Archived Story

New gun law expand rights, questions remain

Published 9:08pm Tuesday, July 30, 2013

Concealed carry

Sheriffs are responsible for issuing concealed carry permits in each county.

Chilton County Sheriff Kevin Davis said his office issued 2,329 permits from Jan. 1 through June 30. Davis said that number has about doubled since the same time period a couple of years ago.

“We have definitely seen an increase in pistol permits the last two years,” Davis said.

Anyone interested in applying for a permit can visit the sheriff’s office at the Chilton County Courthouse, or obtain an application online. The fee for a permit is $25.25.

An initial background check is conducted upon a person’s first application. After that, people need only pay the fee to renew the permit.

The sheriff determines whether the applicant can lawfully possess a gun (based on a lack of criminal felonies). Davis said less than 2 percent of applicants have been denied since he was elected to office in 2006.

The new law changes the sheriffs’ responsibility from “may issue” to “shall issue.”

Before, sheriffs could deny permits at their discretion. Now, a sheriff could only deny a permit based on one of the law’s provisions, and then the sheriff would have to supply a written explanation of the denial and the applicant could appeal the decision.

“There’s no discretion there,” Davis said.

Among the reasons a person could be denied a permit include being found mentally ill or legally insane in a criminal case.

Permits, or letters explaining the denial of a permit, are to be issued within 30 days of the receipt of the application.

The law also allows applicants to obtain a permit for up to five years, if they would like to go ahead and pay that much. The old law required people to re-apply every year.

The law changes Alabama’s reciprocity policy. Under the new law, the state will recognize the pistol permit granted in any other state.

Gun friendly or gun free

While the new law limits open-carrying at private businesses to instances in which the gun owner has permission from the business owner, it also details steps needed to make a business a “gun-free zone.”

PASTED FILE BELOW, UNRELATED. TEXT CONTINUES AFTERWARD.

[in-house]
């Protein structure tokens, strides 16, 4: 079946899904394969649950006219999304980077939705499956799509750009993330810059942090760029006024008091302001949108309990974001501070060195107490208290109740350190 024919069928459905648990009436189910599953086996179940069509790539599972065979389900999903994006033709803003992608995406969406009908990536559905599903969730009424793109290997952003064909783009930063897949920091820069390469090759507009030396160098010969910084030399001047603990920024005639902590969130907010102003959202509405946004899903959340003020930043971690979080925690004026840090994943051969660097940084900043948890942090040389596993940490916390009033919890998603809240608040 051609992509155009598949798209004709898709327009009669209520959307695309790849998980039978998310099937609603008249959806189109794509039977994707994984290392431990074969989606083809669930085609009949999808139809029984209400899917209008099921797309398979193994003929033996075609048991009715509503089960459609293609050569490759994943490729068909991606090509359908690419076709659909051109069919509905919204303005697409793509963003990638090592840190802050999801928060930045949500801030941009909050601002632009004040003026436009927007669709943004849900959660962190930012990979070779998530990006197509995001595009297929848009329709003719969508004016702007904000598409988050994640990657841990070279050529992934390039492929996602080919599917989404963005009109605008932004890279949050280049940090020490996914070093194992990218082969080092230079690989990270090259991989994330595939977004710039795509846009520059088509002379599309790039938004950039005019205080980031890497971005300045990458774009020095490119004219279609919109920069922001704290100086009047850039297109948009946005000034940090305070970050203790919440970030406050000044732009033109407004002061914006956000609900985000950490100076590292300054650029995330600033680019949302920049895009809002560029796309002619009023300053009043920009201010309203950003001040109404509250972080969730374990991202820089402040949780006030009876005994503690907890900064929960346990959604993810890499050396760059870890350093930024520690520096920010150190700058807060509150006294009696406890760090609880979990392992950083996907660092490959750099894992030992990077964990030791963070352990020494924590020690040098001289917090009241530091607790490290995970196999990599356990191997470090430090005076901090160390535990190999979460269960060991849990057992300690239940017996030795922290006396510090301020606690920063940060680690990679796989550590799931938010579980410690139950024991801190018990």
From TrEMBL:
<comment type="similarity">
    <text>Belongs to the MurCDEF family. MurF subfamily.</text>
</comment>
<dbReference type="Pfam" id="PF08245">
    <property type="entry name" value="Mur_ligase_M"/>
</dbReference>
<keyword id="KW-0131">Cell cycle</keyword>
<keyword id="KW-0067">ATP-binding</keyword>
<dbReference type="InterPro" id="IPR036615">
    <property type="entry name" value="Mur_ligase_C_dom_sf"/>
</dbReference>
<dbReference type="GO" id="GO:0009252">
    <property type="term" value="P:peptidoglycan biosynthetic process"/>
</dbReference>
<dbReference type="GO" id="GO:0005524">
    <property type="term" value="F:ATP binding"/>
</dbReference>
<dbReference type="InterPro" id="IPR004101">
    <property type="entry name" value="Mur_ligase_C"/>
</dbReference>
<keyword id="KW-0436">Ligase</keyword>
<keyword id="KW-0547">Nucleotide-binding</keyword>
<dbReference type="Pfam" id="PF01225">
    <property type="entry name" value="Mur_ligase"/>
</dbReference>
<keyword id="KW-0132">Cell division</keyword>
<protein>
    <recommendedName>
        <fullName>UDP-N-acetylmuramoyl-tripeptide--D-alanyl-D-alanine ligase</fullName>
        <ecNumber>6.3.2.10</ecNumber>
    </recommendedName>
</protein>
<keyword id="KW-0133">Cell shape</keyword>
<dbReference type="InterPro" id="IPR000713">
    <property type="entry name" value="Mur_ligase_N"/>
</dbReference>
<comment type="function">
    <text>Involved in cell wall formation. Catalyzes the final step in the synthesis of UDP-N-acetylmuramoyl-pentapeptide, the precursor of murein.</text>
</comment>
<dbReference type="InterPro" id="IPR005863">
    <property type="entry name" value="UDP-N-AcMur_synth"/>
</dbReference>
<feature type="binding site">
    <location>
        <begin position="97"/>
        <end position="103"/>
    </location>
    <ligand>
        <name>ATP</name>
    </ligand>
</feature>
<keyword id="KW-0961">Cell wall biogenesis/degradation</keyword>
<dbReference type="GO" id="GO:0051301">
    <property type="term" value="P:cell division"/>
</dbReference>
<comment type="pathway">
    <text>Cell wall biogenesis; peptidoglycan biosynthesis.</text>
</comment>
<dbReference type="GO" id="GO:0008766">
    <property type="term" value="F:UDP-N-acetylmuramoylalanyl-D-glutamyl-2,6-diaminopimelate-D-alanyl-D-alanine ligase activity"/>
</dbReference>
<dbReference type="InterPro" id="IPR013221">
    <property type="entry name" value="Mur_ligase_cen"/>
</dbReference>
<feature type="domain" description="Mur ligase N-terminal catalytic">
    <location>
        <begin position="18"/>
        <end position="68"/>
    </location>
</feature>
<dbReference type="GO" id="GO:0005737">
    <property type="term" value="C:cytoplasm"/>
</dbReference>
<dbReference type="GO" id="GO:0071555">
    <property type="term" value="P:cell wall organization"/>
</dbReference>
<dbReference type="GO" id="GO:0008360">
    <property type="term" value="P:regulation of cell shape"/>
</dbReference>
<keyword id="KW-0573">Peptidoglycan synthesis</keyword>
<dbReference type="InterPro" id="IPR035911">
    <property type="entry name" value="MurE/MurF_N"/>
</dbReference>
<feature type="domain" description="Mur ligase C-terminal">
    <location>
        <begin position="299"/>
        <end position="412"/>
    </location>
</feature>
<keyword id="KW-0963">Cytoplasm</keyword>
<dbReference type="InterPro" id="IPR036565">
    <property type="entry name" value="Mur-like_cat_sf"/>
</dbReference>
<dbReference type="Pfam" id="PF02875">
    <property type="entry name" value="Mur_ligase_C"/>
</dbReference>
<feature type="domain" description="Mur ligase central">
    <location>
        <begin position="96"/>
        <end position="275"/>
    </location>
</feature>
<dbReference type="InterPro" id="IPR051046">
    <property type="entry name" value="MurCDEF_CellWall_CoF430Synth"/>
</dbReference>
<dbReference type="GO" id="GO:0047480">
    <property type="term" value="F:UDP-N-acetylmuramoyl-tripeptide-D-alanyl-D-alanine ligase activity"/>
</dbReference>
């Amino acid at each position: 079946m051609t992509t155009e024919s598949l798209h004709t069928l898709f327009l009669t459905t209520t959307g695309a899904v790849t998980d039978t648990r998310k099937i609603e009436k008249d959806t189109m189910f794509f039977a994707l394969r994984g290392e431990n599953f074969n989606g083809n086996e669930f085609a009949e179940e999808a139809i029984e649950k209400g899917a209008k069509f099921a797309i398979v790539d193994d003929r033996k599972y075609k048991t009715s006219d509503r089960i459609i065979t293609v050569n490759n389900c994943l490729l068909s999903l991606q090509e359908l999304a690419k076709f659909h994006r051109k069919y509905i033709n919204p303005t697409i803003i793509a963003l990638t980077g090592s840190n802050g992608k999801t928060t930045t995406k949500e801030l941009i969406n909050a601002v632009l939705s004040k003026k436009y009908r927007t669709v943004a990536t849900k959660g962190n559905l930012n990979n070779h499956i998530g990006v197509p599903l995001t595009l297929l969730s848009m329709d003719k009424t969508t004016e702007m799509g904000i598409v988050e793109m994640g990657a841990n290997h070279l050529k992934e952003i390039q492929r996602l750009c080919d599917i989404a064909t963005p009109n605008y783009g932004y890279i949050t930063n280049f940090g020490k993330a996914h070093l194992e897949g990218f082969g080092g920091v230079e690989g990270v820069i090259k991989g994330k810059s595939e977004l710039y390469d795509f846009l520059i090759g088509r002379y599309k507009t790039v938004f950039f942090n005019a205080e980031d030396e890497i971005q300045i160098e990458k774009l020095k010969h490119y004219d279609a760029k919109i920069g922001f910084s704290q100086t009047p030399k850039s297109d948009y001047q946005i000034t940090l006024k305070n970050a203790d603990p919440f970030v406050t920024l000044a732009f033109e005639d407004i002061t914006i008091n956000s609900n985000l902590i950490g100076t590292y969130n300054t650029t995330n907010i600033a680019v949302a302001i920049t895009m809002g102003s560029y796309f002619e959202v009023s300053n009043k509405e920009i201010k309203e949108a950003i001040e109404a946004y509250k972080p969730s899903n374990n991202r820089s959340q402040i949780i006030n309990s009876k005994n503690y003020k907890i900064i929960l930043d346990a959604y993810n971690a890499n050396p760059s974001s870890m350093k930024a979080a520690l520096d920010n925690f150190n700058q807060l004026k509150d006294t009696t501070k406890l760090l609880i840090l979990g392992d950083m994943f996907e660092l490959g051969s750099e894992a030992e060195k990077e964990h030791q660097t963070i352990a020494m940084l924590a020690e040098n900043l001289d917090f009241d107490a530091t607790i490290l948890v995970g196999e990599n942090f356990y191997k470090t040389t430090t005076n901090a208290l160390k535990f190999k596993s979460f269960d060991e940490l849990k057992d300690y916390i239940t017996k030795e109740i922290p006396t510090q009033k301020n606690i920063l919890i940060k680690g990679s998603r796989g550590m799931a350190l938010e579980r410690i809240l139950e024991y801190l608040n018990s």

So, if a business owner does nothing, he or she is seen as giving implied consent.

According to the law, a person or entity with authority over the premises “shall place a notice at the public entrances of such premises or buildings alerting those entering that firearms are prohibited.”

Also, an employee must be designated to verbally advise someone entering with a firearm that the business is a gun-free zone. Only then would a business be justified in contacting police for relief.

Fetner said he thinks police will be contacted for help resolving a situation that they aren’t legally able to.

“The expectation is what we’re going to be up against,” Fetner said.

Employers can enact and enforce workplace gun bans, but employees with permits cannot be barred from storing an unloaded firearm in their private vehicle parked on company property.

Weapons used for hunting are also allowed to be kept in an employee’s vehicle, as long as the owner has a hunting license and it is hunting season.

School safety

Officials are still unclear about some parts of the law.

For example, in defining public places where people are allowed to openly carry a pistol, schools are listed as an example.

Of course, there is an existing federal ban on possession of guns on school property, but the question is whether local police could arrest someone for violation of federal law.

Chilton County Schools Superintendent Dave Hayden said he doesn’t the think the law will have a negative effect on school safety.

“Most of our schools have cameras involved,” Hayden said. “That would serve as evidence that they are in violation of federal law. We want to do all we possibly can to keep our students and faculty safe.”

But Clanton Police officers said they’ll be looking for guidance on enforcing this aspect, and others, of the new law.

“Some of these questions we don’t have answers to,” Fetner said.

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